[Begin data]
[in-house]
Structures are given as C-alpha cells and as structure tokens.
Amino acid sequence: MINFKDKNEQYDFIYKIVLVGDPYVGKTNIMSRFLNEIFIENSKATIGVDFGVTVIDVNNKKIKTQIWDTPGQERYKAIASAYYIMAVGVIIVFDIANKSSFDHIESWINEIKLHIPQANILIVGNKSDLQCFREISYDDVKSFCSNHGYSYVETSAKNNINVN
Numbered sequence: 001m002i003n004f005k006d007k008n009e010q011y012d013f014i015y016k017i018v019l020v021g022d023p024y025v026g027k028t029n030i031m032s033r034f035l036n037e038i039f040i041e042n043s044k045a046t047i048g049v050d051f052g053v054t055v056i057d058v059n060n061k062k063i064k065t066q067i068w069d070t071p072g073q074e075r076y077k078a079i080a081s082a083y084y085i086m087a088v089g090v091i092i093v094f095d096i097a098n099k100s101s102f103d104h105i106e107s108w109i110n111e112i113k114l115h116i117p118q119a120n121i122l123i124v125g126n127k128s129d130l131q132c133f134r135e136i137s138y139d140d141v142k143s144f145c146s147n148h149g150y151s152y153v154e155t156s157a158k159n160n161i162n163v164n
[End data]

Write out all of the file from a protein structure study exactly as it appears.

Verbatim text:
[in-house]
Structures are given as C-alpha cells and as structure tokens.
Amino acid sequence: MINFKDKNEQYDFIYKIVLVGDPYVGKTNIMSRFLNEIFIENSKATIGVDFGVTVIDVNNKKIKTQIWDTPGQERYKAIASAYYIMAVGVIIVFDIANKSSFDHIESWINEIKLHIPQANILIVGNKSDLQCFREISYDDVKSFCSNHGYSYVETSAKNNINVN
Numbered sequence: 001m002i003n004f005k006d007k008n009e010q011y012d013f014i015y016k017i018v019l020v021g022d023p024y025v026g027k028t029n030i031m032s033r034f035l036n037e038i039f040i041e042n043s044k045a046t047i048g049v050d051f052g053v054t055v056i057d058v059n060n061k062k063i064k065t066q067i068w069d070t071p072g073q074e075r076y077k078a079i080a081s082a083y084y085i086m087a088v089g090v091i092i093v094f095d096i097a098n099k100s101s102f103d104h105i106e107s108w109i110n111e112i113k114l115h116i117p118q119a120n121i122l123i124v125g126n127k128s129d130l131q132c133f134r135e136i137s138y139d140d141v142k143s144f145c146s147n148h149g150y151s152y153v154e155t156s157a158k159n160n161i162n163v164n